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When I started reading this column, I thought, "hey, maybe this article isn't what I thought it was gonna be." But then it turned out I was wrong and it was all about what I thought it was going be.

Because you started talking about persistence and consequences of your actions and how they affected the world, I thought you were going to talk about the level of interactivity an MMO world should have. But then your whole rant was just about wanting to be punished in games again like "back in the days." Making games less accessible and the like.

But I do want games to be more persistent and player actions should have more weight. But I want it more in the way that the world becomes actually dynamic and robust. Changing and being molded by player actions. Every success and failure another pockmark on the land. Interactivity going to the next level. Becoming more than they are now: silly threadmills with alternating backgrounds. 2004 called and she said, "that's so five minutes ago."

So no, I guess I'm not with you. I want my MMO to be just more rather than just be more limiting. But grats on your first soapbox. (Ding!)

Posted: Jul 21st 2011 7:33AM blackcat7k said

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“Where have you been playing? First off your opening statement is incomplete, MMO's are a SOCIAL game. Which means interaction with people, and all true pvp'ers know that you cannot have a FFA PvP game if you do not support the community and encourage new players otherwise in the end you'll be playing the game by yourself.”

“The truth is everyone who claims to know what FFA PvP is all about or says they have PvP'ed has either heard the stories second hand or only participated in battle grounds or arena combat … they barely scratched the surface of the style of game play to understand how to operate their GUI let alone navigate the perplexing factions and attitudes of the game.”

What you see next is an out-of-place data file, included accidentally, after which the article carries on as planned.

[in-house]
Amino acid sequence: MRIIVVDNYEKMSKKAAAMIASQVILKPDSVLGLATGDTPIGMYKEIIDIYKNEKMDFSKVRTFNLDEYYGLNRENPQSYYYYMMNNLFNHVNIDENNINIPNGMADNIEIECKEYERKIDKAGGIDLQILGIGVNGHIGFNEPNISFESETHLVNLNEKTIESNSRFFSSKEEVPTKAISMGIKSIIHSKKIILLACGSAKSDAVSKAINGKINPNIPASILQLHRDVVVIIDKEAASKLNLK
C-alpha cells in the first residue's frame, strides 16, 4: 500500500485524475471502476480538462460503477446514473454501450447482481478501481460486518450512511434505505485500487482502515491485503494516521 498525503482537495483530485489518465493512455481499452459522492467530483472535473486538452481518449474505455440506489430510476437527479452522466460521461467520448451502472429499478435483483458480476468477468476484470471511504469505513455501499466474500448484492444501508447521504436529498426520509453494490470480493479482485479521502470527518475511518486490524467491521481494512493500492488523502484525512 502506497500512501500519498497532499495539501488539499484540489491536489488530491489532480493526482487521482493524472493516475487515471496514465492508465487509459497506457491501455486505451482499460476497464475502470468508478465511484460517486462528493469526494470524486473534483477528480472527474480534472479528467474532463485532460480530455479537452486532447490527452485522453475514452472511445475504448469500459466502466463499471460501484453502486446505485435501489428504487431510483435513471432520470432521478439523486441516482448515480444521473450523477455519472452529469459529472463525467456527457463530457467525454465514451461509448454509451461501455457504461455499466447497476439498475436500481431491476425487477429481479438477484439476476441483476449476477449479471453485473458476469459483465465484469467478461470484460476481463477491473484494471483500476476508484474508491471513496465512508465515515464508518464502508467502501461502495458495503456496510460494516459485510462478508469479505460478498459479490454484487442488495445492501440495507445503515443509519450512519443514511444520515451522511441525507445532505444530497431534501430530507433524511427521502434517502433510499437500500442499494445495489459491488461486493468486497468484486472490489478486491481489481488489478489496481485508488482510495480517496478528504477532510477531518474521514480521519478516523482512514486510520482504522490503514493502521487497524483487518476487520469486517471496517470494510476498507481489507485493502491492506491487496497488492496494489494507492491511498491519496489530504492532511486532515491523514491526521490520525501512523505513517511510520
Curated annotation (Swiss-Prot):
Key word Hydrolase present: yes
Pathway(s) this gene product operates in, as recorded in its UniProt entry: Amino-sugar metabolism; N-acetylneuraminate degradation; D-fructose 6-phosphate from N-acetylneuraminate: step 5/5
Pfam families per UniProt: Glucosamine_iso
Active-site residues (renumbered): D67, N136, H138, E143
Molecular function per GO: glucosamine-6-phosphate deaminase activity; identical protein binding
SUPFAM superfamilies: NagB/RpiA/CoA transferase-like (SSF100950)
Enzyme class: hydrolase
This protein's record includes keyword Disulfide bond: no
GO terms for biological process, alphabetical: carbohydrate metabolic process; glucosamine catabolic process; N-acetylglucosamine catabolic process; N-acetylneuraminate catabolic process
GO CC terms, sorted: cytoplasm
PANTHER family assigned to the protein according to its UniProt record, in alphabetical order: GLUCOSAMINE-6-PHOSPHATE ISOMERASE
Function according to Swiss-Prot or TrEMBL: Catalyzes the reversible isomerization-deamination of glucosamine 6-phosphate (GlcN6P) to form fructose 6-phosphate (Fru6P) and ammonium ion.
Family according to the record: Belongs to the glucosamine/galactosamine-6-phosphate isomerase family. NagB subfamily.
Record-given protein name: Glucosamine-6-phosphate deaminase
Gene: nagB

Hmmm… I’ll challenge that because I’ve stayed in these communities off and on for years. I’ve been playing MMOs that tout some kind of FFA PvP from UO, EQ, Darkfall, DAoC, WoW, WAR, Planetside, Anarchy Online… etc. Yes, those deep long FFA skirmishes do happen, but definitely not the norm as you need coordination for them to kick off. They’re not a result of the game itself being geared for that style of play.

The PvP guilds or at least the guilds I’ve been in have to either coordinate with our opponents or we have spies on the other side that let us know when the other side is moving. The combat arena and small skirmishes happen much more frequently and are what most of the customers are going to see and be a part of.

Those fresh customers keep the game rolling, not we tired hacks that are jumping around the game’s limitations to get something started. When I’m doing massive end game PvP, we’re waiting to PvP, and preparing to PvP instead of PvPing. The PvP in many of these games is an afterthought and not something any developer spends time on because it only benefits the few of us who tough it out.

How can I expect to encourage new players? I would be straight up lying to them. I’ve tried to get my friends into high end PvP, but their experience is definitely NOT what I had moving up the ranks. I can’t blame them really for getting bored of the foolishness it takes to get PvP ready.